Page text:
Teaching Kids the Value of Money in a Cashless World

By Patrick A. Coleman | Parents can play games and act as a digital currency exchange to help kids learn to.

Girl counting  change from piggy bank
Girl counting change from piggy bank

As a concept, money isn’t going anywhere. As a physical object, pressed cotton and ink, it is increasingly rare. Stacks of dead presidents have been buried beneath a pile of PayPal and Venmo knockoffs, each with a specific function and a confounding interface. The place parents are most likely to find coinage is now their children’s mouths. And none of that is bad per se (as long as the kid doesn’t swallow and choke), but it does complicate the problem of teaching children about money by rendering the concept of currency even more abstract. Teaching a kid about value is about making digits seem real. It’s a tough trick, but there are specific old-school strategies that stand the test of time.

“Even though it’s completely fictitious, the exact same psychology that exists in the real world exists in a competitive environment like Monopoly,” explains Dr. Jeremy S. Office, founder of Maclendon Wealth Management. “Feeling money come through your fingers creates a sense of loss. It creates that sense of hey, I should be a little bit more responsible with my purchases or acquisitions.”

As a resident of Southern Florida, Office has spent a lot of time playing Monopoly during hurricane blackouts. He speaks from personal experience when he says it drives home feelings of scarcity and loss as well as gain and restraint. He credits the success of dice-roll economics for teaching kids about the real deal to the transactional component of exchanges in the game. These are increasingly rare in real life. It’s important, he thinks, for kids to learn to count money and hand it over. The fake cash remains a symbol, but the value starts to feel real.

Family and Monopoly

And that’s not a bad reminder for parents, who can also lose track of the value of money.

“Vegas has known for a hundred years that when real currency isn’t involved we have a propensity to spend way more than we have,” says Office. “That’s being evidenced in the numbers of escalating personal debt across the board.”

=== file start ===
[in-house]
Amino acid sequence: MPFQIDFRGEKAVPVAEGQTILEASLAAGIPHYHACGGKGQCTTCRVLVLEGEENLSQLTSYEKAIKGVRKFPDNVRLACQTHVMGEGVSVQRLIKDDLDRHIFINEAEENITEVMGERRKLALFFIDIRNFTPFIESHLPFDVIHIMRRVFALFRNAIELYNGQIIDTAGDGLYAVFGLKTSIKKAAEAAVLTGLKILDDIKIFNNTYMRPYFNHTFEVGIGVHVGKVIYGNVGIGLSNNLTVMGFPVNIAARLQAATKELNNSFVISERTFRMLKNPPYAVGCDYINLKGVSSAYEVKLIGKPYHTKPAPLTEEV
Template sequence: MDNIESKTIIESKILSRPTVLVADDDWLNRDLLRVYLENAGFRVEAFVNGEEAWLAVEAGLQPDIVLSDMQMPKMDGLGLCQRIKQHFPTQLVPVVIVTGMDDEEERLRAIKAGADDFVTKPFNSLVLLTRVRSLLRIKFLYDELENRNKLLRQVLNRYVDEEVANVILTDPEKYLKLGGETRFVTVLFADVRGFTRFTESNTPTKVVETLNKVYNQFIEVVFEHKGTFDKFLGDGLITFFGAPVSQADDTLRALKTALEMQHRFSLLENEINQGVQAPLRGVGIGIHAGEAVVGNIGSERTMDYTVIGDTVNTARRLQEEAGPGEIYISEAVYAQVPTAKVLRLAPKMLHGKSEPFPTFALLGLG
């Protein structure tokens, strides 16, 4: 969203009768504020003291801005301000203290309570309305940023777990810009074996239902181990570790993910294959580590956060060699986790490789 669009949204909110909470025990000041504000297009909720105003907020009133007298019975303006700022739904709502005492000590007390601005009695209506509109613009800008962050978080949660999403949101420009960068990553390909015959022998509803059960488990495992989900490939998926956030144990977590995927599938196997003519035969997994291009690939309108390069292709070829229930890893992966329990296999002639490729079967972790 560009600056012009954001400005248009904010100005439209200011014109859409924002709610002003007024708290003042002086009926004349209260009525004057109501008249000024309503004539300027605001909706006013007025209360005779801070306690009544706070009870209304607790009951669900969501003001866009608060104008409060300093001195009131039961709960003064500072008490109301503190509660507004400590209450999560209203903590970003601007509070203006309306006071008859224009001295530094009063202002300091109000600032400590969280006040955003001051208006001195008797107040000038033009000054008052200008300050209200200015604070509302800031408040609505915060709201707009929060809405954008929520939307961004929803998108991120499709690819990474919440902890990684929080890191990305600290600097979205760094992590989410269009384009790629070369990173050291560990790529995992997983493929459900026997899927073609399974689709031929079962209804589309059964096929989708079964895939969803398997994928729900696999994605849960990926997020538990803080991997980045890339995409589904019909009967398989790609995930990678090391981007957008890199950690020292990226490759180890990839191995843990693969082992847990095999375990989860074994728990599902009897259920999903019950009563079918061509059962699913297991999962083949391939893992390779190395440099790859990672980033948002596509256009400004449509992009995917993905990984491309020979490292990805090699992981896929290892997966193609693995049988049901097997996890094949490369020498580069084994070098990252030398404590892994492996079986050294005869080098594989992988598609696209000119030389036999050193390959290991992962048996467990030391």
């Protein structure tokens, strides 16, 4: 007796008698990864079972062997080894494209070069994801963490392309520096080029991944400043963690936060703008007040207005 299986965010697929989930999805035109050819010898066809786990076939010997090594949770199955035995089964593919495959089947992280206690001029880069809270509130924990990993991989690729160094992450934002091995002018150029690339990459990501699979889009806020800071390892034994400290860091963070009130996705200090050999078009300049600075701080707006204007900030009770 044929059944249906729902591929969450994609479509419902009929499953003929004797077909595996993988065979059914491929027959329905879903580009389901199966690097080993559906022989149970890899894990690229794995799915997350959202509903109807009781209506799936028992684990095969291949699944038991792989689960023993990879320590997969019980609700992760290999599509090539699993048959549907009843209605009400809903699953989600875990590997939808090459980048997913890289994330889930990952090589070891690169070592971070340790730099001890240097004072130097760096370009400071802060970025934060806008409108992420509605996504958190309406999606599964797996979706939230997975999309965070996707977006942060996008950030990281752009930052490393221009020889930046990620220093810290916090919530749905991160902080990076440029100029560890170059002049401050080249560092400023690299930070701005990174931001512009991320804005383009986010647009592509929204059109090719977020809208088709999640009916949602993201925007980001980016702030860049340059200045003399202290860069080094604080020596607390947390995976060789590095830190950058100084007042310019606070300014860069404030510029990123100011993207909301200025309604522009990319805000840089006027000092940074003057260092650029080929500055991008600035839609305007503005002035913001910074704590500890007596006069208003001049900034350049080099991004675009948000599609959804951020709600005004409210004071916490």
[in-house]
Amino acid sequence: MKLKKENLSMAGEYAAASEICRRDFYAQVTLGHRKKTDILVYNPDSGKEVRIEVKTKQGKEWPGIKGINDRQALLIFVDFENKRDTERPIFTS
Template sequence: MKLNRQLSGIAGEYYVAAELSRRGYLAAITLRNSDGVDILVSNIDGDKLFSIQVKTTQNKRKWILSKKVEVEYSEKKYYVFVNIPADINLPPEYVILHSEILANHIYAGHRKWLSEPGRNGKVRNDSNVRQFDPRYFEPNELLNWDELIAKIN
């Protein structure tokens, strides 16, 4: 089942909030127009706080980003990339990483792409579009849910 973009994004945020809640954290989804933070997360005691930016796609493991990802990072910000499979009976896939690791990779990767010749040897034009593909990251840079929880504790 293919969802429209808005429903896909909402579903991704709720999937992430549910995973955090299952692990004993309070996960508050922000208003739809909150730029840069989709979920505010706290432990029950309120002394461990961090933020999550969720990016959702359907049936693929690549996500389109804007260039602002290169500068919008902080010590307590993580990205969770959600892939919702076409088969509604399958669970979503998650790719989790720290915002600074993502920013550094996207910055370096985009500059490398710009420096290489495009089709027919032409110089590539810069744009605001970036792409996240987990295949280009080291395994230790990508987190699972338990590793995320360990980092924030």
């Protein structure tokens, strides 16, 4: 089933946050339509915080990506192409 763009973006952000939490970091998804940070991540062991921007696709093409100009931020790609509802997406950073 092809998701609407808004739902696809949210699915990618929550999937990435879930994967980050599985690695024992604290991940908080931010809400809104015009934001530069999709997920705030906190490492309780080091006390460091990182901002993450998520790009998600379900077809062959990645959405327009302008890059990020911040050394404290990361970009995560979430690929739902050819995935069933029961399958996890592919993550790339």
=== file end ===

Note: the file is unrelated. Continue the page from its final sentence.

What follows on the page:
The trick of Monopoly then, is that it helps kids understand the flow and management of money through low-stakes, high-emotion simulation. The bonus is that it does so seating that emotion in a symbolic currency. If a kid can understand money management with brightly colored game currency, then it’s likely they can transpose that understanding to digital money. Interestingly, the Monopoly game has made this even easier with a recent edition that uses debit cards and a card reader. Yes, even Monopoly is doing away with paper money.

More than that, Monopoly teaches negotiation and forecasting. It also teaches that there’s a bit of luck required in making it all work. But what Monopoly misses is an understanding of working for a monetary reward. After all, in real life, the banker never just doles out neatly stacked bills. Office fills that gap by giving his kids chores, through which they can earn money on each task. But his technique is a clever combination of digital and analog.

His children use an app that essentially acts as a digital piggy bank. As they complete chores they can watch the money grow in their digital account. But Office converts the digital currency into cash and gives the physical money to his children. If they want to purchase something online they have to give the equivalent cash back to him in order for the purchase to be made. In that way, Office acts like a currency exchange and his children are able to see the movement of physical money even with digital purchases.

“It boils down to two things,” Office says. “The most important is embedding in your children early on that there is a work and reward system that has existed since the inception of man. But the second piece is to try and retain a sense of realness in a digital world.”

If that means a weekly game of Monopoly, it’s worth rolling the dice.

Source: www.fatherly.com

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